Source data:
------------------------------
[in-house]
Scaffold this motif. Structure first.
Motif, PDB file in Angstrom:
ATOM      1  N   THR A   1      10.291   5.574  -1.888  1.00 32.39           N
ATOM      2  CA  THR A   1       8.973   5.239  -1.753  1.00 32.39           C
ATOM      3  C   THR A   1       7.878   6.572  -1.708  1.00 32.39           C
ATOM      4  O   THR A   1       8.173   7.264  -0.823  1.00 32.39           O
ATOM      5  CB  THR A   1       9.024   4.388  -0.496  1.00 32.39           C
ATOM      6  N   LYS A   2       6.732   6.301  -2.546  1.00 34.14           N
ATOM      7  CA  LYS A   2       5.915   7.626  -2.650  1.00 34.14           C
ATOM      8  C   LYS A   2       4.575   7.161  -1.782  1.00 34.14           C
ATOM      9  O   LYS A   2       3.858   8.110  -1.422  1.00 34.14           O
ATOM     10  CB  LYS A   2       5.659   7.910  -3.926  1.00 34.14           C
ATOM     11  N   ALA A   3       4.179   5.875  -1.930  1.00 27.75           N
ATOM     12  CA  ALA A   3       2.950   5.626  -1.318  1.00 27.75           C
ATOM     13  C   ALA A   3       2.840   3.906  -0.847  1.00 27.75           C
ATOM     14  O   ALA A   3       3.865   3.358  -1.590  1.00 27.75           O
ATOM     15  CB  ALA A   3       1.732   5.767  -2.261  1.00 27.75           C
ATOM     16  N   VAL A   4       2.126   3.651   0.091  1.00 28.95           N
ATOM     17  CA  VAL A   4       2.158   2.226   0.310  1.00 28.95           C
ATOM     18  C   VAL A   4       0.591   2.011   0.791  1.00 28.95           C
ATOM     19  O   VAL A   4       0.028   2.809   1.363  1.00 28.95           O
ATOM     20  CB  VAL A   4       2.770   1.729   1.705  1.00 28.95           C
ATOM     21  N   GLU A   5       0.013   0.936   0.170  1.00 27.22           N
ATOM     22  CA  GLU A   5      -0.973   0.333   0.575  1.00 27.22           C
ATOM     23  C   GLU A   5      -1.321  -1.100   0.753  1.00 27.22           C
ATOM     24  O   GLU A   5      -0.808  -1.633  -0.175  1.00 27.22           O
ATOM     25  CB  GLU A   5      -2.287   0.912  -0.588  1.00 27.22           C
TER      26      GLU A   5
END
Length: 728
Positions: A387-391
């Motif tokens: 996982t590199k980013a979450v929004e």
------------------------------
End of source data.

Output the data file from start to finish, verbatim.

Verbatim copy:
[in-house]
Scaffold this motif. Structure first.
Motif, PDB file in Angstrom:
ATOM      1  N   THR A   1      10.291   5.574  -1.888  1.00 32.39           N
ATOM      2  CA  THR A   1       8.973   5.239  -1.753  1.00 32.39           C
ATOM      3  C   THR A   1       7.878   6.572  -1.708  1.00 32.39           C
ATOM      4  O   THR A   1       8.173   7.264  -0.823  1.00 32.39           O
ATOM      5  CB  THR A   1       9.024   4.388  -0.496  1.00 32.39           C
ATOM      6  N   LYS A   2       6.732   6.301  -2.546  1.00 34.14           N
ATOM      7  CA  LYS A   2       5.915   7.626  -2.650  1.00 34.14           C
ATOM      8  C   LYS A   2       4.575   7.161  -1.782  1.00 34.14           C
ATOM      9  O   LYS A   2       3.858   8.110  -1.422  1.00 34.14           O
ATOM     10  CB  LYS A   2       5.659   7.910  -3.926  1.00 34.14           C
ATOM     11  N   ALA A   3       4.179   5.875  -1.930  1.00 27.75           N
ATOM     12  CA  ALA A   3       2.950   5.626  -1.318  1.00 27.75           C
ATOM     13  C   ALA A   3       2.840   3.906  -0.847  1.00 27.75           C
ATOM     14  O   ALA A   3       3.865   3.358  -1.590  1.00 27.75           O
ATOM     15  CB  ALA A   3       1.732   5.767  -2.261  1.00 27.75           C
ATOM     16  N   VAL A   4       2.126   3.651   0.091  1.00 28.95           N
ATOM     17  CA  VAL A   4       2.158   2.226   0.310  1.00 28.95           C
ATOM     18  C   VAL A   4       0.591   2.011   0.791  1.00 28.95           C
ATOM     19  O   VAL A   4       0.028   2.809   1.363  1.00 28.95           O
ATOM     20  CB  VAL A   4       2.770   1.729   1.705  1.00 28.95           C
ATOM     21  N   GLU A   5       0.013   0.936   0.170  1.00 27.22           N
ATOM     22  CA  GLU A   5      -0.973   0.333   0.575  1.00 27.22           C
ATOM     23  C   GLU A   5      -1.321  -1.100   0.753  1.00 27.22           C
ATOM     24  O   GLU A   5      -0.808  -1.633  -0.175  1.00 27.22           O
ATOM     25  CB  GLU A   5      -2.287   0.912  -0.588  1.00 27.22           C
TER      26      GLU A   5
END
Length: 728
Positions: A387-391
């Motif tokens: 996982t590199k980013a979450v929004e």